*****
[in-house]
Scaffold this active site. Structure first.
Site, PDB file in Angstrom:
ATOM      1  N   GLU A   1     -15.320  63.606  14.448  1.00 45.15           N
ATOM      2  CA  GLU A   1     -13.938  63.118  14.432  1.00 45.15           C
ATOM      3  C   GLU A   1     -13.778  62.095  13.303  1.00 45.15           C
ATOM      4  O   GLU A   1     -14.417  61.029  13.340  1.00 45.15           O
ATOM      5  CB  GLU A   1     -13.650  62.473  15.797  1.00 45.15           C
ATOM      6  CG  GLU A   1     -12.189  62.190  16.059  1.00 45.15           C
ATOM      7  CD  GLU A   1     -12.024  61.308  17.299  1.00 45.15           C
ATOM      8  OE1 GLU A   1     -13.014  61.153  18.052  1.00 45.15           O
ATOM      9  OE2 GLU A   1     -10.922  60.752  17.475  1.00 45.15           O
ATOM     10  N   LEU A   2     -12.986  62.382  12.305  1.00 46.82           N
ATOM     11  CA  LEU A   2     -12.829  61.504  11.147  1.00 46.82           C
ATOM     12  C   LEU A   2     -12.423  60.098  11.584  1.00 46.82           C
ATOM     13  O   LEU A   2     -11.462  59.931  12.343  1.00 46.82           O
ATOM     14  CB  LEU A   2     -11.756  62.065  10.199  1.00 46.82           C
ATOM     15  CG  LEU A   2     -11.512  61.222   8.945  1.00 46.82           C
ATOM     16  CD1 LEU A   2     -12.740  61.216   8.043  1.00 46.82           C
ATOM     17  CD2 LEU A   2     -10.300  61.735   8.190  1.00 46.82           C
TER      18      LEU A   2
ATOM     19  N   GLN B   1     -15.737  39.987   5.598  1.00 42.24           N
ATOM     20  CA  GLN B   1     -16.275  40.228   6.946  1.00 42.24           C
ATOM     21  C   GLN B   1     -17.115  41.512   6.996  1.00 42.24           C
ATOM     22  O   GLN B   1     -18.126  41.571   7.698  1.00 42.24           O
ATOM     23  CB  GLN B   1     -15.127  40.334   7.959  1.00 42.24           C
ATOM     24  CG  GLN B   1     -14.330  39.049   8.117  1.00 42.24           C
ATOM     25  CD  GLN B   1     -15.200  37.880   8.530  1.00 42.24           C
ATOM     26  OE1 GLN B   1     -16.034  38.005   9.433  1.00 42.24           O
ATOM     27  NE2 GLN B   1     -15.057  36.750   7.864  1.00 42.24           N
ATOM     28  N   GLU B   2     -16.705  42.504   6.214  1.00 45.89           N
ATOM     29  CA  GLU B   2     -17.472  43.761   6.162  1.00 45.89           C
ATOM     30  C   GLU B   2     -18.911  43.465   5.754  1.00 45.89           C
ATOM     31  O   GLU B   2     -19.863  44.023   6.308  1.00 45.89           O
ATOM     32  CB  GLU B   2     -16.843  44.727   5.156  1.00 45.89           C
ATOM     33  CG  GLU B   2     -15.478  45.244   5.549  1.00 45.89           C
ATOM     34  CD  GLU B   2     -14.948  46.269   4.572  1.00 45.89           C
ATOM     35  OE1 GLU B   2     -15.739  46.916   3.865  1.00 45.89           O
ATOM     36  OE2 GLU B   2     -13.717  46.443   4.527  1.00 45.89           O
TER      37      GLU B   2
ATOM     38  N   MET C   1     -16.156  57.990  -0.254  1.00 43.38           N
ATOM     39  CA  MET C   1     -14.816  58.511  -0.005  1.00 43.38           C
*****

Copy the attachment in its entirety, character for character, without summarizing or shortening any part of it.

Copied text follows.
[in-house]
Scaffold this active site. Structure first.
Site, PDB file in Angstrom:
ATOM      1  N   GLU A   1     -15.320  63.606  14.448  1.00 45.15           N
ATOM      2  CA  GLU A   1     -13.938  63.118  14.432  1.00 45.15           C
ATOM      3  C   GLU A   1     -13.778  62.095  13.303  1.00 45.15           C
ATOM      4  O   GLU A   1     -14.417  61.029  13.340  1.00 45.15           O
ATOM      5  CB  GLU A   1     -13.650  62.473  15.797  1.00 45.15           C
ATOM      6  CG  GLU A   1     -12.189  62.190  16.059  1.00 45.15           C
ATOM      7  CD  GLU A   1     -12.024  61.308  17.299  1.00 45.15           C
ATOM      8  OE1 GLU A   1     -13.014  61.153  18.052  1.00 45.15           O
ATOM      9  OE2 GLU A   1     -10.922  60.752  17.475  1.00 45.15           O
ATOM     10  N   LEU A   2     -12.986  62.382  12.305  1.00 46.82           N
ATOM     11  CA  LEU A   2     -12.829  61.504  11.147  1.00 46.82           C
ATOM     12  C   LEU A   2     -12.423  60.098  11.584  1.00 46.82           C
ATOM     13  O   LEU A   2     -11.462  59.931  12.343  1.00 46.82           O
ATOM     14  CB  LEU A   2     -11.756  62.065  10.199  1.00 46.82           C
ATOM     15  CG  LEU A   2     -11.512  61.222   8.945  1.00 46.82           C
ATOM     16  CD1 LEU A   2     -12.740  61.216   8.043  1.00 46.82           C
ATOM     17  CD2 LEU A   2     -10.300  61.735   8.190  1.00 46.82           C
TER      18      LEU A   2
ATOM     19  N   GLN B   1     -15.737  39.987   5.598  1.00 42.24           N
ATOM     20  CA  GLN B   1     -16.275  40.228   6.946  1.00 42.24           C
ATOM     21  C   GLN B   1     -17.115  41.512   6.996  1.00 42.24           C
ATOM     22  O   GLN B   1     -18.126  41.571   7.698  1.00 42.24           O
ATOM     23  CB  GLN B   1     -15.127  40.334   7.959  1.00 42.24           C
ATOM     24  CG  GLN B   1     -14.330  39.049   8.117  1.00 42.24           C
ATOM     25  CD  GLN B   1     -15.200  37.880   8.530  1.00 42.24           C
ATOM     26  OE1 GLN B   1     -16.034  38.005   9.433  1.00 42.24           O
ATOM     27  NE2 GLN B   1     -15.057  36.750   7.864  1.00 42.24           N
ATOM     28  N   GLU B   2     -16.705  42.504   6.214  1.00 45.89           N
ATOM     29  CA  GLU B   2     -17.472  43.761   6.162  1.00 45.89           C
ATOM     30  C   GLU B   2     -18.911  43.465   5.754  1.00 45.89           C
ATOM     31  O   GLU B   2     -19.863  44.023   6.308  1.00 45.89           O
ATOM     32  CB  GLU B   2     -16.843  44.727   5.156  1.00 45.89           C
ATOM     33  CG  GLU B   2     -15.478  45.244   5.549  1.00 45.89           C
ATOM     34  CD  GLU B   2     -14.948  46.269   4.572  1.00 45.89           C
ATOM     35  OE1 GLU B   2     -15.739  46.916   3.865  1.00 45.89           O
ATOM     36  OE2 GLU B   2     -13.717  46.443   4.527  1.00 45.89           O
TER      37      GLU B   2
ATOM     38  N   MET C   1     -16.156  57.990  -0.254  1.00 43.38           N
ATOM     39  CA  MET C   1     -14.816  58.511  -0.005  1.00 43.38           C